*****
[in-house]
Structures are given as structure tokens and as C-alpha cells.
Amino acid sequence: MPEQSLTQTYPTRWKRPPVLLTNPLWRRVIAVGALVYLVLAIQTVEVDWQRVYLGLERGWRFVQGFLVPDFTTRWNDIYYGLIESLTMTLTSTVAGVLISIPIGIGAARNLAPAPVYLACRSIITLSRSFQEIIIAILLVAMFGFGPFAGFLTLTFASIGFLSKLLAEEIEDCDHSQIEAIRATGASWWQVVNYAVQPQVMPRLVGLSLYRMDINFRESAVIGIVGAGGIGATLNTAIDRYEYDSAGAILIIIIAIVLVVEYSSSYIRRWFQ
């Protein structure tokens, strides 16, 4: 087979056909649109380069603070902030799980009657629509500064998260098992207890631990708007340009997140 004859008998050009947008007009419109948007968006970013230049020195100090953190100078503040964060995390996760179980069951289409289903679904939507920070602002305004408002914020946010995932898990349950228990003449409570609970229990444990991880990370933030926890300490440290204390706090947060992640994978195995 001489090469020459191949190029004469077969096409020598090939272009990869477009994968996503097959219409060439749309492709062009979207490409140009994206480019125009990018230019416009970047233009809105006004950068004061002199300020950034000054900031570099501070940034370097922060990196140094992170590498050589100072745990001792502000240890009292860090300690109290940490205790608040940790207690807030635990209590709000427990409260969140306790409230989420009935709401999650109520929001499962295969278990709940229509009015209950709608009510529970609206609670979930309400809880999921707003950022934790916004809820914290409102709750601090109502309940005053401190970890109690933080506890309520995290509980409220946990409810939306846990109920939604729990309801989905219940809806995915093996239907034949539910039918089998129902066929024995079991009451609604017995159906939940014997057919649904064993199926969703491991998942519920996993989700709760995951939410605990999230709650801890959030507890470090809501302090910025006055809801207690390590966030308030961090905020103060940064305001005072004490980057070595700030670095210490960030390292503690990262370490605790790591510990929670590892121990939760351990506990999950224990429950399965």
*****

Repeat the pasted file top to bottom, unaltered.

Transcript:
[in-house]
Structures are given as structure tokens and as C-alpha cells.
Amino acid sequence: MPEQSLTQTYPTRWKRPPVLLTNPLWRRVIAVGALVYLVLAIQTVEVDWQRVYLGLERGWRFVQGFLVPDFTTRWNDIYYGLIESLTMTLTSTVAGVLISIPIGIGAARNLAPAPVYLACRSIITLSRSFQEIIIAILLVAMFGFGPFAGFLTLTFASIGFLSKLLAEEIEDCDHSQIEAIRATGASWWQVVNYAVQPQVMPRLVGLSLYRMDINFRESAVIGIVGAGGIGATLNTAIDRYEYDSAGAILIIIIAIVLVVEYSSSYIRRWFQ
């Protein structure tokens, strides 16, 4: 087979056909649109380069603070902030799980009657629509500064998260098992207890631990708007340009997140 004859008998050009947008007009419109948007968006970013230049020195100090953190100078503040964060995390996760179980069951289409289903679904939507920070602002305004408002914020946010995932898990349950228990003449409570609970229990444990991880990370933030926890300490440290204390706090947060992640994978195995 001489090469020459191949190029004469077969096409020598090939272009990869477009994968996503097959219409060439749309492709062009979207490409140009994206480019125009990018230019416009970047233009809105006004950068004061002199300020950034000054900031570099501070940034370097922060990196140094992170590498050589100072745990001792502000240890009292860090300690109290940490205790608040940790207690807030635990209590709000427990409260969140306790409230989420009935709401999650109520929001499962295969278990709940229509009015209950709608009510529970609206609670979930309400809880999921707003950022934790916004809820914290409102709750601090109502309940005053401190970890109690933080506890309520995290509980409220946990409810939306846990109920939604729990309801989905219940809806995915093996239907034949539910039918089998129902066929024995079991009451609604017995159906939940014997057919649904064993199926969703491991998942519920996993989700709760995951939410605990999230709650801890959030507890470090809501302090910025006055809801207690390590966030308030961090905020103060940064305001005072004490980057070595700030670095210490960030390292503690990262370490605790790591510990929670590892121990939760351990506990999950224990429950399965």